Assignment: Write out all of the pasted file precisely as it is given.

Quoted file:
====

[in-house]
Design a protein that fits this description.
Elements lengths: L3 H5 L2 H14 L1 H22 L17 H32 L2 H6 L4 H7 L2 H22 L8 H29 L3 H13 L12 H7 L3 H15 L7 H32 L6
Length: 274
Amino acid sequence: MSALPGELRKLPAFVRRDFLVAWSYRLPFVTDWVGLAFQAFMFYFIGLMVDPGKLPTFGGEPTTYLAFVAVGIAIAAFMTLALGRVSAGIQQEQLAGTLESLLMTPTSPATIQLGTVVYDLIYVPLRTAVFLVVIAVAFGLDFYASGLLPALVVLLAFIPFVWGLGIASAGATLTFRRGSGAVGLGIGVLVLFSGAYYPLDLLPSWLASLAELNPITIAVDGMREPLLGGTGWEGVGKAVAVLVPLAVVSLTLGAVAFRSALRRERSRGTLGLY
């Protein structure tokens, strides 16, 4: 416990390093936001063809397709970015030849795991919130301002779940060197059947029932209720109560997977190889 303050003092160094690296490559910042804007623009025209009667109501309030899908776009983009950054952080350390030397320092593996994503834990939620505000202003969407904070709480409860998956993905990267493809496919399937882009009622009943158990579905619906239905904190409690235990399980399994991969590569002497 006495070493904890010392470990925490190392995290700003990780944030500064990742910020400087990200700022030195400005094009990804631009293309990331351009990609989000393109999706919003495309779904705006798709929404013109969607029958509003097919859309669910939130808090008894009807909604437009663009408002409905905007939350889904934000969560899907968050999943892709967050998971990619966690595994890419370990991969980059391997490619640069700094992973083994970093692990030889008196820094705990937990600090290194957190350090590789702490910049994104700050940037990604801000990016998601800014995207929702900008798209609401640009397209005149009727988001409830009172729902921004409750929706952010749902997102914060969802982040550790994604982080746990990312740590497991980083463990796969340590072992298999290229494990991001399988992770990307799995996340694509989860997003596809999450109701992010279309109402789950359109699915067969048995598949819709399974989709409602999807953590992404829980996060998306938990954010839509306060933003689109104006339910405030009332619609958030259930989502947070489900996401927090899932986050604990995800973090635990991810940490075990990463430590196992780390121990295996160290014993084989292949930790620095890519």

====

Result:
[in-house]
Design a protein that fits this description.
Elements lengths: L3 H5 L2 H14 L1 H22 L17 H32 L2 H6 L4 H7 L2 H22 L8 H29 L3 H13 L12 H7 L3 H15 L7 H32 L6
Length: 274
Amino acid sequence: MSALPGELRKLPAFVRRDFLVAWSYRLPFVTDWVGLAFQAFMFYFIGLMVDPGKLPTFGGEPTTYLAFVAVGIAIAAFMTLALGRVSAGIQQEQLAGTLESLLMTPTSPATIQLGTVVYDLIYVPLRTAVFLVVIAVAFGLDFYASGLLPALVVLLAFIPFVWGLGIASAGATLTFRRGSGAVGLGIGVLVLFSGAYYPLDLLPSWLASLAELNPITIAVDGMREPLLGGTGWEGVGKAVAVLVPLAVVSLTLGAVAFRSALRRERSRGTLGLY
């Protein structure tokens, strides 16, 4: 416990390093936001063809397709970015030849795991919130301002779940060197059947029932209720109560997977190889 303050003092160094690296490559910042804007623009025209009667109501309030899908776009983009950054952080350390030397320092593996994503834990939620505000202003969407904070709480409860998956993905990267493809496919399937882009009622009943158990579905619906239905904190409690235990399980399994991969590569002497 006495070493904890010392470990925490190392995290700003990780944030500064990742910020400087990200700022030195400005094009990804631009293309990331351009990609989000393109999706919003495309779904705006798709929404013109969607029958509003097919859309669910939130808090008894009807909604437009663009408002409905905007939350889904934000969560899907968050999943892709967050998971990619966690595994890419370990991969980059391997490619640069700094992973083994970093692990030889008196820094705990937990600090290194957190350090590789702490910049994104700050940037990604801000990016998601800014995207929702900008798209609401640009397209005149009727988001409830009172729902921004409750929706952010749902997102914060969802982040550790994604982080746990990312740590497991980083463990796969340590072992298999290229494990991001399988992770990307799995996340694509989860997003596809999450109701992010279309109402789950359109699915067969048995598949819709399974989709409602999807953590992404829980996060998306938990954010839509306060933003689109104006339910405030009332619609958030259930989502947070489900996401927090899932986050604990995800973090635990991810940490075990990463430590196992780390121990295996160290014993084989292949930790620095890519």